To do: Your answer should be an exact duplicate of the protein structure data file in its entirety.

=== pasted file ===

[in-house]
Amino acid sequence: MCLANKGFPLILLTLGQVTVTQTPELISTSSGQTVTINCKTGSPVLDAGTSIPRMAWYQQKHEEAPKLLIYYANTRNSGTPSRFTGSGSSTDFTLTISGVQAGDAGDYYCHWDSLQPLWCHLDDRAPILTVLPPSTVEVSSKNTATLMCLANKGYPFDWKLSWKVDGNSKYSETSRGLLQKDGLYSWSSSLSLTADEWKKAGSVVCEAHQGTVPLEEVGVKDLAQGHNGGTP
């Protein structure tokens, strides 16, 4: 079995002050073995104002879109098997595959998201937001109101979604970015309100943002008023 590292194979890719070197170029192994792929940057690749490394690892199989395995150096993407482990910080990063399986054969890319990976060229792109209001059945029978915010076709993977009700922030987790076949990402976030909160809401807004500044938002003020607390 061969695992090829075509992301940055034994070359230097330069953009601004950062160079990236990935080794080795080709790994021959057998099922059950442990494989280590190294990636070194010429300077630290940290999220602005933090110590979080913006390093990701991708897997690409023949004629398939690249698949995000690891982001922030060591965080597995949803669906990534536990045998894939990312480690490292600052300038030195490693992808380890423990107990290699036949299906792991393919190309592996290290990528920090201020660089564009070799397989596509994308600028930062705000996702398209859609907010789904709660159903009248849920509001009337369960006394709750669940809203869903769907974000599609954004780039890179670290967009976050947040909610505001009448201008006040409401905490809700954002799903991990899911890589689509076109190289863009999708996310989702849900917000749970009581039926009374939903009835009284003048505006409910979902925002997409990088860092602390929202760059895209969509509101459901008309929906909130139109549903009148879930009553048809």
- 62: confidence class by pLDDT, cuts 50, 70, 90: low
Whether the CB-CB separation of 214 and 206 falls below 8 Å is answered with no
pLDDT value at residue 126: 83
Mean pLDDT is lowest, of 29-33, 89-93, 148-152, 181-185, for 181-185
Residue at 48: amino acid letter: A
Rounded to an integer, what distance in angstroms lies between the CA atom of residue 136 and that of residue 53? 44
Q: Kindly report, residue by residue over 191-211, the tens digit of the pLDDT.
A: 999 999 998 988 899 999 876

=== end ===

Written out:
[in-house]
Amino acid sequence: MCLANKGFPLILLTLGQVTVTQTPELISTSSGQTVTINCKTGSPVLDAGTSIPRMAWYQQKHEEAPKLLIYYANTRNSGTPSRFTGSGSSTDFTLTISGVQAGDAGDYYCHWDSLQPLWCHLDDRAPILTVLPPSTVEVSSKNTATLMCLANKGYPFDWKLSWKVDGNSKYSETSRGLLQKDGLYSWSSSLSLTADEWKKAGSVVCEAHQGTVPLEEVGVKDLAQGHNGGTP
């Protein structure tokens, strides 16, 4: 079995002050073995104002879109098997595959998201937001109101979604970015309100943002008023 590292194979890719070197170029192994792929940057690749490394690892199989395995150096993407482990910080990063399986054969890319990976060229792109209001059945029978915010076709993977009700922030987790076949990402976030909160809401807004500044938002003020607390 061969695992090829075509992301940055034994070359230097330069953009601004950062160079990236990935080794080795080709790994021959057998099922059950442990494989280590190294990636070194010429300077630290940290999220602005933090110590979080913006390093990701991708897997690409023949004629398939690249698949995000690891982001922030060591965080597995949803669906990534536990045998894939990312480690490292600052300038030195490693992808380890423990107990290699036949299906792991393919190309592996290290990528920090201020660089564009070799397989596509994308600028930062705000996702398209859609907010789904709660159903009248849920509001009337369960006394709750669940809203869903769907974000599609954004780039890179670290967009976050947040909610505001009448201008006040409401905490809700954002799903991990899911890589689509076109190289863009999708996310989702849900917000749970009581039926009374939903009835009284003048505006409910979902925002997409990088860092602390929202760059895209969509509101459901008309929906909130139109549903009148879930009553048809």
- 62: confidence class by pLDDT, cuts 50, 70, 90: low
Whether the CB-CB separation of 214 and 206 falls below 8 Å is answered with no
pLDDT value at residue 126: 83
Mean pLDDT is lowest, of 29-33, 89-93, 148-152, 181-185, for 181-185
Residue at 48: amino acid letter: A
Rounded to an integer, what distance in angstroms lies between the CA atom of residue 136 and that of residue 53? 44
Q: Kindly report, residue by residue over 191-211, the tens digit of the pLDDT.
A: 999 999 998 988 899 999 876